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Colchicine / Probenecid Dosage

Applies to the following strength(s): 0.5 mg-500 mg

The information at Drugs.com is not a substitute for medical advice. Always consult your doctor or pharmacist.

Usual Adult Dose for:

Additional dosage information:

Usual Adult Dose for Gouty Arthritis

Initial: 1 tablet orally once a day for 1 week
Maintenance: 1 tablet orally twice a day
-If symptoms of gouty arthritis are not controlled or 24-hour uric acid excretion is not above 700 mg, may increase dose in 1 tablet increments every 4 weeks as tolerated
Maximum dose: 4 tablets per day

Comments:
-One tablet contains probenecid 500 mg-colchicine 0.5 mg.
-Therapy should not be started until an acute gouty attack has subsided; if an acute attack is precipitated during therapy, this drug may be continued without changing the dose; additional colchicine or other appropriate therapy should be given to control the acute attack.
-To prevent crystallization of uric acid in urine, a liberal fluid intake (2 L/day) and alkalization of the urine should be encouraged; alkalization of urine may be relaxed when serum urate levels return to normal limits and tophaceous deposits disappear.
-The maintenance dose may be decreased in increments of 1 tablet every 6 months when acute attacks have been absent for 6 months or more and serum urate levels remain within normal limits; maintenance dosage should not be reduced to the point serum urate levels start to rise.

Use: For the treatment of chronic gouty arthritis complicated by frequent, recurrent acute attacks of gout.

Renal Dose Adjustments

Patients with renal impairment should not take colchicine in conjunction with drugs that inhibit both P-glycoprotein (P-gp) and CYP450 3A4.

CrCl less than 30 mL/min: Not recommended as it may not be effective

Mild to moderate renal impairment: Use caution; dosage requirements may be increased; monitor closely for colchicine toxicity.

Liver Dose Adjustments

Patients with hepatic impairment should not take colchicine in conjunction with drugs that inhibit both P-glycoprotein (P-gp) and CYP450 3A4.

Use caution; the possibility of increased colchicine toxicity in the presence of hepatic dysfunction should be considered.

Dose Adjustments

Gastric intolerance may be indicative of overdosage and may be corrected by decreasing the dose.

Urine alkalization:
-A liberal fluid intake (2 L/day) and alkalization of the urine is recommended when excretion of uric acid is at a high level; alkalization may be relaxed when serum urate levels return to normal and tophaceous deposits disappear.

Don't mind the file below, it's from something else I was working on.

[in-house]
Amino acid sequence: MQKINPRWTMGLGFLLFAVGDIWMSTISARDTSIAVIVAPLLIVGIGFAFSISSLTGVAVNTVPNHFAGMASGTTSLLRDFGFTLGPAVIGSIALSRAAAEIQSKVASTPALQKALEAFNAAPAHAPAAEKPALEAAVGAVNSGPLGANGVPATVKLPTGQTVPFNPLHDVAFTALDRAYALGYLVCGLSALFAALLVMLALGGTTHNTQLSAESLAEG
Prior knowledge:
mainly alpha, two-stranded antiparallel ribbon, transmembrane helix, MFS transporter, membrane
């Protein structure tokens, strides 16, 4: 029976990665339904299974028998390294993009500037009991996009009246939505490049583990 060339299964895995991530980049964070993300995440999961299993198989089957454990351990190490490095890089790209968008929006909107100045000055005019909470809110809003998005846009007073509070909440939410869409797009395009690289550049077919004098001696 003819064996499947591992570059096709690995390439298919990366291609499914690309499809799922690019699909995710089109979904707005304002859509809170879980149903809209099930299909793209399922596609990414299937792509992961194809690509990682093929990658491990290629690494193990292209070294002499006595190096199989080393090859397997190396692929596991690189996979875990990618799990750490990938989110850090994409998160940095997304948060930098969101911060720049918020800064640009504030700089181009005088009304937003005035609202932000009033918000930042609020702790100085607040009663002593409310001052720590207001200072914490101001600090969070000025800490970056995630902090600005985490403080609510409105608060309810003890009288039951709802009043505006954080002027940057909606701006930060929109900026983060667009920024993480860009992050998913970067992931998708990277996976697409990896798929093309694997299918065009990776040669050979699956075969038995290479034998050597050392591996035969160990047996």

-Sodium bicarbonate 3 to 7.5 g/day or potassium citrate 7.5 g/day may be used to maintain an alkaline urine.
-Acid-base balance should be watched carefully when alkali is administered.

Precautions

Safety and efficacy have not been established in patients younger than 18 years.

Consult WARNINGS section for additional precautions.

Dialysis

No data available; colchicine is not effectively removed by dialysis.

Other Comments

Administration advice:
-Take orally, with or without food
-Maintain adequate hydration (at least 2 L/day) and alkalization of the urine with sodium bicarbonate or potassium citrate as needed.

Storage requirements:
-Protect from light

General:
-Gastric intolerance may be indicative of toxicity and can be corrected by decreasing dosage.
-Therapy should not be started until an acute gouty attack has subsided; if an acute attack is precipitated during therapy, this drug may be continued without changing the dose; additional colchicine or other appropriate therapy should be given to control the acute attack.
-This drug is not an analgesic medication and should not be used to treat pain from other causes.
-Colchicine has a narrow therapeutic window; patients should be monitored closely for toxicity.

Monitoring:
-Monitor serum urate levels as needed to determine adequacy of treatment
-Monitor acid-base balance in patients administered alkali
-Monitor for toxicity, especially in geriatric and debilitated patients, patients with renal or hepatic impairment, and those with cardiac, renal, hepatic, or gastrointestinal disease.
-Monitor for hematologic toxicities; for patients developing signs or symptoms of blood cell dyscrasias, a full hematologic investigation should be conducted.
-Monitor renal function in patients at-risk for renal impairment

Patient advice:
-Instruct patients on the need for adequate hydration, alkalization of the urine, and/or dietary restrictions appropriate to their care.
-Inform patients that fatal overdose, both accidental and intentional, have occurred with colchicine; this drug should be kept out of the reach of children.
-Inform patients that there are a number of potentially serious drug interactions; grapefruit, grapefruit juice, salicylates, and some herbal products should be avoided; patients should check with their healthcare provider before starting any new medications including short-term medications such as antibiotics.
-Inform patients that bone marrow depression and neuromuscular toxicity may occur; patients should seek medical attention promptly for unusual bleeding or bruising, increased infections, weakness or fatigue, muscle pain or weakness, or numbness or tingling in fingers or toes.
-Inform patients that gastrointestinal adverse events occur, but if these events are severe or persistent, they should be reported promptly to their healthcare provider.

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